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DPC announces Brand new Photo Walk at Ghats of Yamuna .

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DPC announces brand new Heritage photowalk to the Ghats of Yamuna.

A unique place to click people , portrait and amazing landscapes with migrant birds.

Big rivers have throughout history been important to the development of capitals. This Photowalk is  dedicated to the Yamuna river that has been an important yet silent witness to Delhi’s history. The tour starts from the Yamuna at Nigambodh Ghat which unfolds the ritualistic devotion of how the Hindus treat the historic river.

 

The Yamuna is a goddess to the eyes of her devotees despite its current struggles with pollution. Topping it off with an unforgettable view of the Jama Masjid back through the streets of Old Delhi, discovering the Yamuna route is truly a unique and memorable experience.

 

The beginning of legend: Nigambodh ghat seen from across the river. These are the sacred waters within which Brahma recovered the book of knowledge and the powers of divinity, which he had lost. Nigambodh Ghat is thus a place of ending, it marks the finality of the mortal core; but it is also the source of a regeneration of immortal wisdom, of sacred knowledge. Death and immortality exist together.

 

The great epics and sacred texts tell us about the beauty and power of the river Yamuna. This is the daughter of the sun god; sister of Yama, the god of death; lover of Krishna; sister to that other great river goddess, Ganga.The Gods themselves, Brahma and Shiva, are said to worship her.

 

The Ras Lila paintings of Lord Krishna consorting with his gopis are magical, ethereal, depictions of the river surrounded by lush sacred groves. On her banks, the great Sufi saint Nizamuddin Aulia spread his divine message. This is a river revered through antiquity; a river by which a unique culture flourished.

 

Today, however, as the Yamuna winds her course through the 22 kilometer stretch of Delhi, she bears no resemblance to her legend. Decades of wanton disregard have turned her into nothing more than a stinking sewer that is biologically ‘dead’ as it flows out of Delhi.

 

Yet there is a little stretch, a place where the story of Indraprastha begins; the story of the Pandavas, the story of Delhi. Here, despite the filth and degradation. From Nigambodh Ghat to the Lal Pul or the Old Iron Bridge, you discover ways of life that are still intertwined with the river and its sacred avatar.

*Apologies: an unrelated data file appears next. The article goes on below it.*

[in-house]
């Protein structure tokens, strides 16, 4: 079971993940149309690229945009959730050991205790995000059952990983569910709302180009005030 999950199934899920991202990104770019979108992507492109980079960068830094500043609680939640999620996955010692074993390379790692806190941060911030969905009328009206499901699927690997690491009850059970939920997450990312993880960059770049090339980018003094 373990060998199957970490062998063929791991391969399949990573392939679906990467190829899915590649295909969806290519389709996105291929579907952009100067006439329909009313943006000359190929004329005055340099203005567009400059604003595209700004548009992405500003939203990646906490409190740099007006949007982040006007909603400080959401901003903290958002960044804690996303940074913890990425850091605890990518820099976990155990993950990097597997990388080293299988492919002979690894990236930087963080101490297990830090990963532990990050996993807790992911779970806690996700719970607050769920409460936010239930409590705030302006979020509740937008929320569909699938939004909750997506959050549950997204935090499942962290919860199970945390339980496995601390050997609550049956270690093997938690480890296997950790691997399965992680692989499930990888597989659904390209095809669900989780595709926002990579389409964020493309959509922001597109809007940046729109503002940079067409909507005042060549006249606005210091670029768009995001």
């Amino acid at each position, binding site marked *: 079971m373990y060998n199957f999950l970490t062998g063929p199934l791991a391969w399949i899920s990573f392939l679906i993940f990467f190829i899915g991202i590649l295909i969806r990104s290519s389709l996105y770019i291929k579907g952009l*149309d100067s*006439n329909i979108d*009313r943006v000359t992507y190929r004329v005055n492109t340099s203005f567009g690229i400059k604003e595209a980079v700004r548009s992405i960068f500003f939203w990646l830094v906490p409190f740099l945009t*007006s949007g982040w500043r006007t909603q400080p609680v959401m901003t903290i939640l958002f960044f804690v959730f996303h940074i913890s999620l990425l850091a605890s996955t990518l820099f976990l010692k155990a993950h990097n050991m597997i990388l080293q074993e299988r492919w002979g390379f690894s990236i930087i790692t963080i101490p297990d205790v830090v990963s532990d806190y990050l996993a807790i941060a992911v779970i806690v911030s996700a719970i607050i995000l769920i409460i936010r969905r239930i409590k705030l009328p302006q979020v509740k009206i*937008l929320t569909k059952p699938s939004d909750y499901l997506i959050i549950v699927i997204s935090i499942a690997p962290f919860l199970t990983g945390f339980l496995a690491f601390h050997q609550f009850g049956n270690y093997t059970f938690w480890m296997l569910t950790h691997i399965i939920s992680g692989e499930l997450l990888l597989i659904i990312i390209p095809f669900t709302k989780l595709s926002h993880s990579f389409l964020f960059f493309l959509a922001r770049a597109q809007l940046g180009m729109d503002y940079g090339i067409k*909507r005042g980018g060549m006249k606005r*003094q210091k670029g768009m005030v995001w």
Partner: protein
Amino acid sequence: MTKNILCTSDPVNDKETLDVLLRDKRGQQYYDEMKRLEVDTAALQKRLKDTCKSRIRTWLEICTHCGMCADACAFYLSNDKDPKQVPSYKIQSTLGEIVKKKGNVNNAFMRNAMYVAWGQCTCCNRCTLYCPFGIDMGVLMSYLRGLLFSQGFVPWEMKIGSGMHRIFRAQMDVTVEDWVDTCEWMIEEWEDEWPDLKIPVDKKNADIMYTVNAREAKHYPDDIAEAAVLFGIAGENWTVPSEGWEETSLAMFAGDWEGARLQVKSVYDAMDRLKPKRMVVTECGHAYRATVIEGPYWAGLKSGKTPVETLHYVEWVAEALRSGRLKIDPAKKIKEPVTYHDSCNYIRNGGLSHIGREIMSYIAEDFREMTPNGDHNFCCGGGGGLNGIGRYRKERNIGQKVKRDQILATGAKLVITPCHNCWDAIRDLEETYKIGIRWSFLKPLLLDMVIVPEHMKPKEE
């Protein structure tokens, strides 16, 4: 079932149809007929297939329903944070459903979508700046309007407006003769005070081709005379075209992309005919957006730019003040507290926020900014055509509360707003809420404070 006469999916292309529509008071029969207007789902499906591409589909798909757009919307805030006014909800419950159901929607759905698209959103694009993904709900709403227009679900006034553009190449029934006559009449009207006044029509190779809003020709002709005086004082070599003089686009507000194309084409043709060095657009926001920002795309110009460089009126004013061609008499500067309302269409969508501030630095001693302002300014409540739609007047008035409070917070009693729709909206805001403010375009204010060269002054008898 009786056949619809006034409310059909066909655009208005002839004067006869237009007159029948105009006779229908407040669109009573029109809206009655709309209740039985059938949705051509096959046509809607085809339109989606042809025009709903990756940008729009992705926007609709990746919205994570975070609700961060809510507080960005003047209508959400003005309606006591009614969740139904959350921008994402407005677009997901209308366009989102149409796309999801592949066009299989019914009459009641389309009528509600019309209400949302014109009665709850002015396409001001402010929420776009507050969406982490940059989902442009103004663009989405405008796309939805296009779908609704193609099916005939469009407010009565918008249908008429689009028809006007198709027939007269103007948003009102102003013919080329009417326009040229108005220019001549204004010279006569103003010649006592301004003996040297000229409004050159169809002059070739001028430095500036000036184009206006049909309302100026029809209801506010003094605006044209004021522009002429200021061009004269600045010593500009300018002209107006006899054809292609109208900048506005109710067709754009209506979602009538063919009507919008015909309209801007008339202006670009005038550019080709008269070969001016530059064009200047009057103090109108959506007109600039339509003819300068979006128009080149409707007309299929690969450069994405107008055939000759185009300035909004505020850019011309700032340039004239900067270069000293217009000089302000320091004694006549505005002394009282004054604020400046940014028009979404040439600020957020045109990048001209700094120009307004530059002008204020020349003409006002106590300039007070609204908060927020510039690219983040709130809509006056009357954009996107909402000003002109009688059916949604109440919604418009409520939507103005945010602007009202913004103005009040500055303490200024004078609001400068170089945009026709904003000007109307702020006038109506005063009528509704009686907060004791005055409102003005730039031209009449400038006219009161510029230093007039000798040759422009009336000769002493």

Nearest Metro Kashmere Gate or Red Fort on the Heritage Lane

 

Please Note : if you register and confirm that you will be attending and do not turn up, you have denied someone as enthusiastic as you, a chance of the walk. Therefore, please register and confirm only if you are reasonably certain to make it on the day :)

Wear comfortable shoes, carry your water bottle and keep your camera batteries charged ! :)

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DPC Photo Trip to Cambodia

Thailand and Combodai Trip. April 2018

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This gives me Immense pleasure to Invite you for the next DPC Photo Trip to Thailand and Combodia .

As usual we have the history of exploring the unexplored . So this time we thought of doing a Road trip to Bangkok to Cambodia and so on .

Here is brief plan to just know you thoughts on the same

How are we travelling: Plan for the Trip

14th April     Day 1   Delhi Bangkok.                       Flight 

15th April     Day 2  Bangkok Local.                       Taxi and Local Transport

16th April     Day 3  Bangkok to Saim Reap.        Direct Bus 

17th April     Day 4  Angkor Wat                

18th April     Day 5  Angkor Wat

19th April     Day 6  Angkor Wat

20th April    Day 7  Local Siam Reap                     Taxi and Local Transport 

21th April     Day 8 Siam Reap to Bangkok.         Bus 

22nd April    Day 9 Fly to Delhi from Bangkok.    Flight 

About Cambodia

Cambodia lies entirely within the tropics, its low-lying central plain bordered by low mountains and uplands. In its transitional plains, forested elevations are found as the landscape extends outwards. And it is in these geographical changes that you will find some magnificent temples, royal palaces and other ancient architectural marvels by which to be enthralled.

Despite centuries of political turmoil, depredation and horrors of war, this nation stands as yet another testimony to the essence of endurance, a vital spirit of the human condition. Not only is its culture rich in lowland ethnic majority but also in its diverse hill tribes. In its enchanting landscapes, Cambodia has temples and beaches that attract seekers of raw elegance.

Meanwhile, renowned for the Angkor Wat ruins, Siem Reap is a province in which ancient temples exist amidst natural geographical beauty.

Like most Asian countries, Cambodia too comprises centuries of history in its varying terrains. So you may breathe its air, bathe in its light, and return with many memories to fill you travel memoirs.

What to see and photograph:

Trip to Thailand and  Cambodia will begin at New Delhi Airport. Buddhist monasteries there will make for interesting photography subjects and kindle your vision and imagination, coaxing you gently into making evocative images.

Dedicated to Shiva, the pink limestone walls containing the best bas reliefs of any temple at Angkor, Banteay Srey will charm you. The wooden houses on tall stilts in Kampong Kleang are a delight to watch. At the Tonlé Sap Lake, floating houses and people’s way of living are some amazing details you would want to record as photographs.

The magnificent remains of the Khmer Empire, the Angkor Archaeological Park will be a breathtaking encounter visually, architecturally and artistically. Explore and photograph the hidden temples, temples of Bayon, Baphoun and Terrace of Elephants and The Leper King. Visit the main temple, Angkor Wat, which is arguably the main reason many visit Cambodia.